FBI: Soldiers set up deadly robbery to fund foreign fighting
The two former U.S. Army soldiers met in Ukraine, where they joined the same far-right paramilitary group. After getting deported, they planned to take a boat from Miami to South America. They wanted to fight the socialist Venezuelan government and kill “communists.”
That’s what Alex Zwiefelhofer told the FBI agent and police detectives who questioned him about the fatal shooting of a Florida couple in April 2018. Federal authorities believe Zwiefelhofer and fellow Army veteran Craig Lang arranged the deadly robbery of Serafin and Deana Lorenzo to finance the Venezuela trip.
Nearly two years after the killings, Zwiefelhofer, 22, is awaiting trial in Fort Myers, Florida, on federal charges punishable by a death sentence, while Lang, 29, faces the same charges as he fights his extradition from Ukraine, where he married a woman last year and is now under house arrest. One of his attorneys has said it could take years for the extradition case to be resolved.
In the U.S., authorities portray Lang and Zwiefelhofer as cold-blooded killers. In Ukraine, a defense lawyer blames the U.S. government for not doing more to help Lang and other veterans adapt to life off the battlefield.
“The man was just searching for a spot on the world map to catch a bullet and die,” Lang’s attorney, Dmytro Morhun, told The Associated Press. “But he has found a new life, a new love, a new family” in Ukraine, Morhun said.
Lang, a North Carolina native, was discharged from the Army in 2014. Zwiefelhofer, a Wisconsin native, was discharged in 2018 after going absent without leave in September 2016.
The two met in Ukraine in 2016. Zwiefelhofer told authorities that he and Lang joined Right Sector, an ultranationalist group fighting Russia-backed separatists. Right-wing volunteer battalions played a key role in the separatist conflict that erupted in 2014 in eastern Ukraine after Russia’s annexation of Crimea.
The fighting attracted thousands of volunteers from the U.S. and Europe. Some foreign combatants were driven by white supremacist ideology, but soldiers who served with Lang in Ukraine said they never heard him express any racist or extremist views.
A woman who fought alongside Lang in Ukraine described him as “calm and reasonable” but said he had personal problems connected to a divorce and child custody battle. “He went to fight in Ukraine because he had no other place to go,” said the woman, who asked to be identified only by her first name, Elena, for security reasons.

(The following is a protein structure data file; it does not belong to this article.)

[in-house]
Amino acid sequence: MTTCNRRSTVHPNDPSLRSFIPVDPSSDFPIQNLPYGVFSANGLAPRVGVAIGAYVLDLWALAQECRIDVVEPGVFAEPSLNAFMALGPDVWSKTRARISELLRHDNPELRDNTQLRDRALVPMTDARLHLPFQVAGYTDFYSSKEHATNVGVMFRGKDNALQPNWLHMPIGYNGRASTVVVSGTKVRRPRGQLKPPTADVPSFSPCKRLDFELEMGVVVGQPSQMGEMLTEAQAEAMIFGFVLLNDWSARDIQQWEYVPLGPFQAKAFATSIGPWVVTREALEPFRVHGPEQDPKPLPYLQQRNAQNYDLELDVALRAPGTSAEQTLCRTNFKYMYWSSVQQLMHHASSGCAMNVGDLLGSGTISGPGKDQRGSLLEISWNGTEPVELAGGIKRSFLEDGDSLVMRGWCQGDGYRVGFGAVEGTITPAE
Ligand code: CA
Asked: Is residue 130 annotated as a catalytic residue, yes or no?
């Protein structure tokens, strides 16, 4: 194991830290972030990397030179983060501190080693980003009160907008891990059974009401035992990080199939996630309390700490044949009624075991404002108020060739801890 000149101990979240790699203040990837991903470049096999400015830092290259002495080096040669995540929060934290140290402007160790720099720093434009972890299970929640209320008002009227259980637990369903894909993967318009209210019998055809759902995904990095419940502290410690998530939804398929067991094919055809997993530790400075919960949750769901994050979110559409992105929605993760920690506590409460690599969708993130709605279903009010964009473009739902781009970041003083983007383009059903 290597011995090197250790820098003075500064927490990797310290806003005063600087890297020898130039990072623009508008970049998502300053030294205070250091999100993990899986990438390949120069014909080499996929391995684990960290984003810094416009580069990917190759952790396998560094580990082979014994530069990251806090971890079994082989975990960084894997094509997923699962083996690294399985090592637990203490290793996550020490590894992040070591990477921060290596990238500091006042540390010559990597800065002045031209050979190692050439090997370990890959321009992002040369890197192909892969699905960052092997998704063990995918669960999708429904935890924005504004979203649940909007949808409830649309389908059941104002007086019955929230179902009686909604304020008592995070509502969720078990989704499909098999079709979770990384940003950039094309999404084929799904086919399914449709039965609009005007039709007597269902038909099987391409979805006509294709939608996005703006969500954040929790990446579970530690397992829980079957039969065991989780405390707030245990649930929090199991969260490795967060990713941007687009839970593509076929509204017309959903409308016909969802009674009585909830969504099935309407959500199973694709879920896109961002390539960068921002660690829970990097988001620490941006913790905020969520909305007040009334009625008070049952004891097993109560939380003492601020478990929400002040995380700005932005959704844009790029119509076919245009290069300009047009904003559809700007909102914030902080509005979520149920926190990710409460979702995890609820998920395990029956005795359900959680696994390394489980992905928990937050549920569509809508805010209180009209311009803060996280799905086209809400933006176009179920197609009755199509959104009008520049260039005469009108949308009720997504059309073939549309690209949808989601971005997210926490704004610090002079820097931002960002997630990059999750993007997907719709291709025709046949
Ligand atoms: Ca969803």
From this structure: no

In 2017, Zwiefelhofer and Lang traveled to Africa but were detained by Kenyan authorities when they tried to enter South Sudan. They eventually were deported to the U.S.
Brian Boyenger, a veteran of the U.S. Army’s 101st Airborne Division, said he spent a few months with Lang on the front lines in Ukraine.
“He conducted himself as a disciplined and professional soldier,” Boyenger wrote in a Facebook message. “The things he is accused of were a surprise to me.”
On the night of April 9, 2018, the sheriff’s office in Lee County, Florida, received 911 calls reporting gunfire in the community of Estero. Deputies searched the area but didn’t find any sign of a shooting.
Eight hours later, deputies responding to another 911 call found a red truck riddled with bullet holes. Serafin “Danny” Lorenzo Jr., 53, was shot seven times. Deana Lorenzo, 51, had 11 bullet wounds.
Investigators determined the Lorenzos withdrew $3,000 in cash and drove more than two hours from their Brooksville, Florida, home to buy guns from somebody listing them for sale on a website called Armslist. The seller, “Jeremy,” told them to meet at a church in Estero. “I’m at the church,” Serafin Lorenzo wrote in his last text message.
Investigators used cellphone records and social media messages to link the suspects to the killings.
Google records showed Zwiefelhofer’s online searches included the phrase “How to Smuggle Myself to South America,” an FBI agent said in an affidavit. Zwiefelhofer also searched for video of a movie scene that depicted shooters ambushing a vehicle using the same tactics employed by the gunmen who attacked the Lozenzos’ truck, the agent said.
An unidentified “associate” of Lang’s told detectives that they had traveled to Bogota, Colombia, several months after the Florida shootings, according to the FBI agent’s affidavit. Lang joined a Venezuelan resistance group that had a safe house in the mountains of Cucuta, Colombia, near the Venezuelan border, said the associate, who told investigators he left Lang in Bogota.
Zwiefelhofer was arrested in Wisconsin in May. He admitted to traveling to Florida with Lang in April 2018 but denied going to the area where the Lozenzos were killed, the FBI agent’s affidavit said.
Zwiefelhofer pleaded not guilty in December to charges related to the robbery and killings and the alleged plot to fight the Venezuelan government. His trial is set for August.
Lang doesn’t have an extradition trial date. Morhun, his lawyer, said his client would appeal if the Ukrainian general prosecutor’s office approves Lang’s extradition. If that fails, Morhun said he would ask the European Court of Human Rights to review the case. He argues that Lang shouldn’t be extradited because he could face capital punishment, which Ukraine abolished two decades ago.
Lang could taste freedom in Ukraine before he sees a prison cell in the U.S. His lawyers planned to ask a court this month to reduce his house arrest to “nighttime house arrest.”
Kunzelman reported from College Park, Maryland. Karmanau reported from Minsk, Belarus. Associated Press reporters Lolita Baldor in Washington and Jonathan Drew in Raleigh, North Carolina, contributed to this report.